|Place of origin||United States|
|Main ingredient(s)||Pecan and corn syrup|
Pecan pie, pronounced [peekɔːn paɪ], is a pie made primarily with corn syrup and pecan nuts. Variations may include sugar syrup, molasses or maple syrup. It is popularly served at holiday meals and is also considered a specialty of Southern U.S. cuisine. Most pecan pie recipes include salt and vanilla as flavorings. Chocolate and bourbon whiskey are other popular additions to the recipe. Pecan pie is often served with whipped cream.
Claims have been made of the dish existing in the early 1800s in Louisiana, but this does not appear to be backed up by recipes or literature. Attempts to trace the dish's origin have not found any recipes dated earlier than 1897, and well-known cookbooks such as Fannie Farmer and The Joy of Cooking did not include this dessert before 1940.
Some have stated that the French invented pecan pie soon after settling in New Orleans, after being introduced to the pecan nut by Native Americans. Pecan pie may be a variant of chess pie, which is made with a similar butter-sugar-egg custard.
The makers of Karo syrup significantly contributed to popularizing the dish and many of the recipes for variants (caramel, cinnamon, Irish creme, peanut butter, etc.) of the classic pie. The company has claimed that the dish was a 1930s "discovery" of a "new use for corn syrup" by a corporate sales executive's wife.
Pecan pie is often mentioned in American literature (and television) as associated with Thanksgiving, Christmas, and other special occasions; for example:
- "Dooley handed them a basket stuffed with fruit, nuts, candy, a tinned ham, and a pecan pie. 'Merry Christmas!' he said."
- —Jan Karon, 1996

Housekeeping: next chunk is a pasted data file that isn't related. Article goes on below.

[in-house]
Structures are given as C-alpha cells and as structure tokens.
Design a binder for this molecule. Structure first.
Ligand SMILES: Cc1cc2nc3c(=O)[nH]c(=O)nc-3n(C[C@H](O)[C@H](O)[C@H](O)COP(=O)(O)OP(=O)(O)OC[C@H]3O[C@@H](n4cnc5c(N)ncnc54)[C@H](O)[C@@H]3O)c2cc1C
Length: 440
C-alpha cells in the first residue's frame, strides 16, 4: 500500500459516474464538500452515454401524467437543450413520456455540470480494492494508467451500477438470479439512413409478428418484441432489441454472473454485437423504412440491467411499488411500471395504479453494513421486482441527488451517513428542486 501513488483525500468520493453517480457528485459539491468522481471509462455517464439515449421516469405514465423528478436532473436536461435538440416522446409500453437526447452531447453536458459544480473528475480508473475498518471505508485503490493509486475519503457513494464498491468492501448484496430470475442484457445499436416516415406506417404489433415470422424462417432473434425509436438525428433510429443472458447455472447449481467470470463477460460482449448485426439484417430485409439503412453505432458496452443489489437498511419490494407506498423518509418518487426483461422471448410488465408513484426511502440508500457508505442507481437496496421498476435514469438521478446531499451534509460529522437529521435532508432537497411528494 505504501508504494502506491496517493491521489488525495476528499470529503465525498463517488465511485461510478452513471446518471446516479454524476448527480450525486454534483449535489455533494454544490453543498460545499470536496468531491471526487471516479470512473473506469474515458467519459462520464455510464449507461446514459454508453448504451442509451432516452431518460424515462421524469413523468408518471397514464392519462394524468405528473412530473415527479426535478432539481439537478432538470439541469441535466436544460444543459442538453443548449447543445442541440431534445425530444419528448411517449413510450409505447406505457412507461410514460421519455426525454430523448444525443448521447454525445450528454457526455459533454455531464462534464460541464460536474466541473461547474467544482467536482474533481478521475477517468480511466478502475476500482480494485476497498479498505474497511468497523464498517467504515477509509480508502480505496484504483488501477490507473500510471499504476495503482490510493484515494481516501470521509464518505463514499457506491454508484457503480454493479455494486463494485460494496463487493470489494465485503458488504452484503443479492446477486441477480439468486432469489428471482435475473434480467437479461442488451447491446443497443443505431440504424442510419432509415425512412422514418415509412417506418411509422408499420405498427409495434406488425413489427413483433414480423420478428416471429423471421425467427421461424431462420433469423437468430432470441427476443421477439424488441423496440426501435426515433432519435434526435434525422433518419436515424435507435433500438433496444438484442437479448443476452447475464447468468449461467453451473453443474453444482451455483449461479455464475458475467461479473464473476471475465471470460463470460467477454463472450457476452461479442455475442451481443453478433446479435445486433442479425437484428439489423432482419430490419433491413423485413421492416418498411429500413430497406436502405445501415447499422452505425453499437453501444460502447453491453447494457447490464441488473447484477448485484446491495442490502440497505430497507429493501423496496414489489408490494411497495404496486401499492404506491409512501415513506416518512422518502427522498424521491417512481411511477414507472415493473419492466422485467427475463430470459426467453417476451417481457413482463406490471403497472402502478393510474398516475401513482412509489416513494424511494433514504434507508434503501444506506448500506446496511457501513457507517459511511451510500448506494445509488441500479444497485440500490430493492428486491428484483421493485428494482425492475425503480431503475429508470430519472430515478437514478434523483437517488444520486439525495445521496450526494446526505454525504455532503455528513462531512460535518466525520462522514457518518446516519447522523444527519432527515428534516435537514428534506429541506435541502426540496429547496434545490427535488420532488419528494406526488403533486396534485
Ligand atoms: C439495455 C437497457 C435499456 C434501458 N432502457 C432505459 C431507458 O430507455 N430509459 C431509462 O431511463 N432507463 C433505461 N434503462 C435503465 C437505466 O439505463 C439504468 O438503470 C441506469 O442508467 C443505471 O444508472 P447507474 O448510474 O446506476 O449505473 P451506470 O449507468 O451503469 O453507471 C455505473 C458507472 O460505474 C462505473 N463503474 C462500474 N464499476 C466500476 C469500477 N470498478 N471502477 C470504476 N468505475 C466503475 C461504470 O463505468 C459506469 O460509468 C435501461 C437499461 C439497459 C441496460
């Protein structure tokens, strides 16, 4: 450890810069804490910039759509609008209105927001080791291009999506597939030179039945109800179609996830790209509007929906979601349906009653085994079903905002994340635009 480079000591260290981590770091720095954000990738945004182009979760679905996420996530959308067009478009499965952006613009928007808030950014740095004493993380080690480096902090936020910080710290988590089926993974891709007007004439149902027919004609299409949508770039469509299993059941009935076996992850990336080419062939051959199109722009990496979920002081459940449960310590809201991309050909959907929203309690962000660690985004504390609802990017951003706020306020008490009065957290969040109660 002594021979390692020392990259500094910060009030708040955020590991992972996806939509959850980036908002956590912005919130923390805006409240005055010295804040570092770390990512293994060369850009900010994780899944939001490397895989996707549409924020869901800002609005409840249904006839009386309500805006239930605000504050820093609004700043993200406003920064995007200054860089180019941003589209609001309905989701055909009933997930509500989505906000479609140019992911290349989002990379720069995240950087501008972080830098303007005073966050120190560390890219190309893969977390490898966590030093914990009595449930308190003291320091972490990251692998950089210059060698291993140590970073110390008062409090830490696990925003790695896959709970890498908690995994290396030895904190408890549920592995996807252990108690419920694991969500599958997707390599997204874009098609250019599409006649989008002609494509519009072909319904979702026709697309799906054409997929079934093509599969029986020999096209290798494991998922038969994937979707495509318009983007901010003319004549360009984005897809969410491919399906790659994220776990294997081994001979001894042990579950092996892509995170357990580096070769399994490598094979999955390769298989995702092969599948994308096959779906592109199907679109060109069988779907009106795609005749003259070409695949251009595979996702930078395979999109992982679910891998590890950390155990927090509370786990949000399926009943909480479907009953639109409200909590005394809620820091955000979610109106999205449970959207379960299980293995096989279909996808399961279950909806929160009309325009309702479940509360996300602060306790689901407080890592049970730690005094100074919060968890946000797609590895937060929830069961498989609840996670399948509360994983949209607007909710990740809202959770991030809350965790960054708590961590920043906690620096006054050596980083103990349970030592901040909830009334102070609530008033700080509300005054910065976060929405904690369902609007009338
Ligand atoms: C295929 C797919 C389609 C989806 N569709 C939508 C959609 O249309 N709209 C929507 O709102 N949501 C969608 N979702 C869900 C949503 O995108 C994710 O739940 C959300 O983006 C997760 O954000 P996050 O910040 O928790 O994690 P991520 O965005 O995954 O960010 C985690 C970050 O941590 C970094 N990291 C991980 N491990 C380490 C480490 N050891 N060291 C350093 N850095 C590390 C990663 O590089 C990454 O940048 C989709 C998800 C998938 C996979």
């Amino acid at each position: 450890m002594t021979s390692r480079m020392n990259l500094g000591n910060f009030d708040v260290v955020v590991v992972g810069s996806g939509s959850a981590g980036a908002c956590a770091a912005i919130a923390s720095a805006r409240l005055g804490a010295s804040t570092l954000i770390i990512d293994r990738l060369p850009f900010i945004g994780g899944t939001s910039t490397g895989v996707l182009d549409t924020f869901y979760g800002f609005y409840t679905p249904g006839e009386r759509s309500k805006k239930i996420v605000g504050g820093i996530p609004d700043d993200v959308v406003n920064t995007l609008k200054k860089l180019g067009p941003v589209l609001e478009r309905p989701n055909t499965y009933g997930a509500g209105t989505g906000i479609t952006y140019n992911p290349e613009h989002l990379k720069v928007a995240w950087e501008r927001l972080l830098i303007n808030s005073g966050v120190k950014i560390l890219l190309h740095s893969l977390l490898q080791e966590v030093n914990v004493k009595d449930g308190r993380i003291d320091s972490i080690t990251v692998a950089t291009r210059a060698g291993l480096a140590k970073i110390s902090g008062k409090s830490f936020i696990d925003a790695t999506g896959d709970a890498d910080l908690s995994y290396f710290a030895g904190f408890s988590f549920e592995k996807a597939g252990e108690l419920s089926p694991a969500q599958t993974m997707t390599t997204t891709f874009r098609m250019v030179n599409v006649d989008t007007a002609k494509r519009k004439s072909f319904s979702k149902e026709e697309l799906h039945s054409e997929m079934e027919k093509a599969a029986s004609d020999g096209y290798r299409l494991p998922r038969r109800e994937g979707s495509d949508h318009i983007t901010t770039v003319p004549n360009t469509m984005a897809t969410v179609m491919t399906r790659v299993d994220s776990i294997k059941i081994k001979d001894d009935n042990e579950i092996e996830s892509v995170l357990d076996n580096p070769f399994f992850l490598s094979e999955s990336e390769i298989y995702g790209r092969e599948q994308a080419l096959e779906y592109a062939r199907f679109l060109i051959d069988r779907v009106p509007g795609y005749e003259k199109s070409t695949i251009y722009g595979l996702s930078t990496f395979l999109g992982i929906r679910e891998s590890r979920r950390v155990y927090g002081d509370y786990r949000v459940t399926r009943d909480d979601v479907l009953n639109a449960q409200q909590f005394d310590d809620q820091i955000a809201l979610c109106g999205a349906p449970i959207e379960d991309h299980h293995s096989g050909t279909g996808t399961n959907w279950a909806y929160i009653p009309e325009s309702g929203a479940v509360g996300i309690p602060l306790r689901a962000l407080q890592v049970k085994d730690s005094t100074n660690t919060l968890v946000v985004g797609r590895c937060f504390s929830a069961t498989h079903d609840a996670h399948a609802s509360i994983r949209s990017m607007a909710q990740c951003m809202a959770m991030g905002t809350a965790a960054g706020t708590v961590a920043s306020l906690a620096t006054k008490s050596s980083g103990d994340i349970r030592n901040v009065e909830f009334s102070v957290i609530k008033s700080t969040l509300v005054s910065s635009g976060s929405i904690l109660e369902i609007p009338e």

- The only kitchen item I usually bring to Italy is plastic wrap... This time, however, I have brought one bag of Georgia pecans and a can of cane syrup, pecan pie being a necessary ingredient of Christmas.
- —Frances Mayes, 1997
Pecan pie is a staple of the Southern U.S., and is often used in literary context as a symbol of the South; for example:
- "Sweet tea, pecan pie and homemade wine/Where the peaches grow" - Chicken Fried (song, 2003)
- Griffith, Linda; Griffith, Fred (2003). Nuts: Recipes from Around the World That Feature Nature's Perfect Ingredient. Macmillan. p. 294. ISBN 0312266243
- Cooks.com Bourbon Pecan Pie Recipes
- Rick Mcdaniel (photographer); (et al.) (2011). An Irresistible History of Southern Food: Four Centuries of Black-eyed Peas, Collard Greens & Whole Hog Barbecue. The History Press. p. 215. ISBN 1609491939
- Ladies' home journal, Volume 15 By Louisa Knapp, Edward William Bok
- Food Timeline - Pecan Pie History
- [Joy of Cooking: All About Pies & Tarts,Irma von Starkloff Rombauer, Marion Rombauer Becker, Ethan Becker; p93]
- "History of Karo". Karo. Retrieved May 29, 2013.
- Jan Karon, A Light in the Window (The Mitford Years). 1996; Penguin; ISBN 0-14-025454-4
- Frances Mayes, Under the Tuscan Sun. 1997; Broadway; ISBN 0-7679-0038-3